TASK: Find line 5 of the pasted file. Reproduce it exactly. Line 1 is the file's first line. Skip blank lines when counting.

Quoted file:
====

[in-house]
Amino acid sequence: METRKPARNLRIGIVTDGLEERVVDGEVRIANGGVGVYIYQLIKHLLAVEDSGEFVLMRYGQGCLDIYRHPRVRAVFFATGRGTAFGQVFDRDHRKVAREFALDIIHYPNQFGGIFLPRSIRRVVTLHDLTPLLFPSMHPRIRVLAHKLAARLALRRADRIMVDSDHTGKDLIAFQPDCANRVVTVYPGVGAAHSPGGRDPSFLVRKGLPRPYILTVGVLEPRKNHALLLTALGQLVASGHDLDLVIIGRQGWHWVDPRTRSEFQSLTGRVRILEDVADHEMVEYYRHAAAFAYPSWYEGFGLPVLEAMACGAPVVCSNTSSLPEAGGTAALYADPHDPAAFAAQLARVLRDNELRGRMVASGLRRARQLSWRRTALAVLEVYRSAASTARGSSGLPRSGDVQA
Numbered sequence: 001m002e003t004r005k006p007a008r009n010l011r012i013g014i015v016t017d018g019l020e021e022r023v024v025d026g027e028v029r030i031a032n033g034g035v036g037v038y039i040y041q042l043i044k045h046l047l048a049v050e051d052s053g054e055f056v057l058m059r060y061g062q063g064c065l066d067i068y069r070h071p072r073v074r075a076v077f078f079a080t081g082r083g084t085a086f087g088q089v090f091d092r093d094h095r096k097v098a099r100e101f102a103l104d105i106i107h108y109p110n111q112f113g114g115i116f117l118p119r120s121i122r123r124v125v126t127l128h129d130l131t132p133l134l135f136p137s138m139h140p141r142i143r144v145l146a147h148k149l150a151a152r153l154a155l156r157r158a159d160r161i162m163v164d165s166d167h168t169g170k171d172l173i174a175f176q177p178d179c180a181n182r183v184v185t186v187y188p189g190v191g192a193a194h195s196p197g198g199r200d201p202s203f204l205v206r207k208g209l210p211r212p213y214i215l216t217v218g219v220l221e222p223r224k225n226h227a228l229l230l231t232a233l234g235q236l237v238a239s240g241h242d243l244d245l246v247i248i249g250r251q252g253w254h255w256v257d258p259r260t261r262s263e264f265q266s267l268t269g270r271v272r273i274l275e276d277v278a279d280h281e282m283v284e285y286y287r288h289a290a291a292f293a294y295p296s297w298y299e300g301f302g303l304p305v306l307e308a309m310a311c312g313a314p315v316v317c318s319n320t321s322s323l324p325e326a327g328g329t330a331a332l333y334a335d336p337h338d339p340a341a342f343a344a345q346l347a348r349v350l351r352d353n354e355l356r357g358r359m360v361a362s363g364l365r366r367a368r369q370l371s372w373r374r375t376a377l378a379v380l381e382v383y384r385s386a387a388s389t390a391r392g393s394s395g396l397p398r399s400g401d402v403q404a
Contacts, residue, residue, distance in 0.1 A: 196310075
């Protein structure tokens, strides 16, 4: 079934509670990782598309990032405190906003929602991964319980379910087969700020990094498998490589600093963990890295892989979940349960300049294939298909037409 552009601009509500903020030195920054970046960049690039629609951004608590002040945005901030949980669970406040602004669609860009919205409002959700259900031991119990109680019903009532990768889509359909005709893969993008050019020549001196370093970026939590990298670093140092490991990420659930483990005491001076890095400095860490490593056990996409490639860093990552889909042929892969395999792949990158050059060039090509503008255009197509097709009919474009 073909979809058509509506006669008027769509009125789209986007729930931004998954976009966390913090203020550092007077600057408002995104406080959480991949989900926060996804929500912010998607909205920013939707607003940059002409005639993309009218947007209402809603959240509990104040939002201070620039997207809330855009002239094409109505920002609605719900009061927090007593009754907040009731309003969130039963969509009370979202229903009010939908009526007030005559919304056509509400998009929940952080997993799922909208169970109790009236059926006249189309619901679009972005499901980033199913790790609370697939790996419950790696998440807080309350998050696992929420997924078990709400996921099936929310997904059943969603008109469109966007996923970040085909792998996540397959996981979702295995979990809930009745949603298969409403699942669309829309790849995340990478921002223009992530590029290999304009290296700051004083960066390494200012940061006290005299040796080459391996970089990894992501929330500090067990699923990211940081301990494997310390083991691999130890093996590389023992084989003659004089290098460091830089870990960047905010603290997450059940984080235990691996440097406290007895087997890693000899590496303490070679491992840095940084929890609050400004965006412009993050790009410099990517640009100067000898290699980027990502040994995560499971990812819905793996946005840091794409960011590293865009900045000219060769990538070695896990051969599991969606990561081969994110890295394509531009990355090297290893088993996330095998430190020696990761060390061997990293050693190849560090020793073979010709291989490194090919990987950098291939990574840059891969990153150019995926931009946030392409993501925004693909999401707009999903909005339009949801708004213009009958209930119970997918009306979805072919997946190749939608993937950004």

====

């Protein structure tokens, strides 16, 4: 079934509670990782598309990032405190906003929602991964319980379910087969700020990094498998490589600093963990890295892989979940349960300049294939298909037409 552009601009509500903020030195920054970046960049690039629609951004608590002040945005901030949980669970406040602004669609860009919205409002959700259900031991119990109680019903009532990768889509359909005709893969993008050019020549001196370093970026939590990298670093140092490991990420659930483990005491001076890095400095860490490593056990996409490639860093990552889909042929892969395999792949990158050059060039090509503008255009197509097709009919474009 073909979809058509509506006669008027769509009125789209986007729930931004998954976009966390913090203020550092007077600057408002995104406080959480991949989900926060996804929500912010998607909205920013939707607003940059002409005639993309009218947007209402809603959240509990104040939002201070620039997207809330855009002239094409109505920002609605719900009061927090007593009754907040009731309003969130039963969509009370979202229903009010939908009526007030005559919304056509509400998009929940952080997993799922909208169970109790009236059926006249189309619901679009972005499901980033199913790790609370697939790996419950790696998440807080309350998050696992929420997924078990709400996921099936929310997904059943969603008109469109966007996923970040085909792998996540397959996981979702295995979990809930009745949603298969409403699942669309829309790849995340990478921002223009992530590029290999304009290296700051004083960066390494200012940061006290005299040796080459391996970089990894992501929330500090067990699923990211940081301990494997310390083991691999130890093996590389023992084989003659004089290098460091830089870990960047905010603290997450059940984080235990691996440097406290007895087997890693000899590496303490070679491992840095940084929890609050400004965006412009993050790009410099990517640009100067000898290699980027990502040994995560499971990812819905793996946005840091794409960011590293865009900045000219060769990538070695896990051969599991969606990561081969994110890295394509531009990355090297290893088993996330095998430190020696990761060390061997990293050693190849560090020793073979010709291989490194090919990987950098291939990574840059891969990153150019995926931009946030392409993501925004693909999401707009999903909005339009949801708004213009009958209930119970997918009306979805072919997946190749939608993937950004």